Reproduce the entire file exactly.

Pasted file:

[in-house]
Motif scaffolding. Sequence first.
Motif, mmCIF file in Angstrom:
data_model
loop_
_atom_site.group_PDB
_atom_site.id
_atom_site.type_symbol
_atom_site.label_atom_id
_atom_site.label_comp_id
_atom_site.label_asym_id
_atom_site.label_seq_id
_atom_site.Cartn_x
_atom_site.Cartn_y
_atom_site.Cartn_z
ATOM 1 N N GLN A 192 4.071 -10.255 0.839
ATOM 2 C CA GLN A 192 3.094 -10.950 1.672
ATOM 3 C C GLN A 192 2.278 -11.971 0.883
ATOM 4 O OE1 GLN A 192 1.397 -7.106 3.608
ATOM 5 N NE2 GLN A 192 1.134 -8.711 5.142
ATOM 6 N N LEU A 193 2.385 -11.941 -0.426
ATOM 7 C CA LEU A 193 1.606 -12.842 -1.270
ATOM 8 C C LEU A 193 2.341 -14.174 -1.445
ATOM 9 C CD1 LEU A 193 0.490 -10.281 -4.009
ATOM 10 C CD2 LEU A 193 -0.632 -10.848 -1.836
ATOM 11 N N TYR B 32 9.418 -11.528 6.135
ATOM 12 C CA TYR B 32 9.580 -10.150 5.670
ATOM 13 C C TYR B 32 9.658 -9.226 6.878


[in-house]
Motif scaffolding. Sequence first.
Motif, mmCIF file in Angstrom:
data_model
loop_
_atom_site.group_PDB
_atom_site.id
_atom_site.type_symbol
_atom_site.label_atom_id
_atom_site.label_comp_id
_atom_site.label_asym_id
_atom_site.label_seq_id
_atom_site.Cartn_x
_atom_site.Cartn_y
_atom_site.Cartn_z
ATOM 1 N N GLN A 192 4.071 -10.255 0.839
ATOM 2 C CA GLN A 192 3.094 -10.950 1.672
ATOM 3 C C GLN A 192 2.278 -11.971 0.883
ATOM 4 O OE1 GLN A 192 1.397 -7.106 3.608
ATOM 5 N NE2 GLN A 192 1.134 -8.711 5.142
ATOM 6 N N LEU A 193 2.385 -11.941 -0.426
ATOM 7 C CA LEU A 193 1.606 -12.842 -1.270
ATOM 8 C C LEU A 193 2.341 -14.174 -1.445
ATOM 9 C CD1 LEU A 193 0.490 -10.281 -4.009
ATOM 10 C CD2 LEU A 193 -0.632 -10.848 -1.836
ATOM 11 N N TYR B 32 9.418 -11.528 6.135
ATOM 12 C CA TYR B 32 9.580 -10.150 5.670
ATOM 13 C C TYR B 32 9.658 -9.226 6.878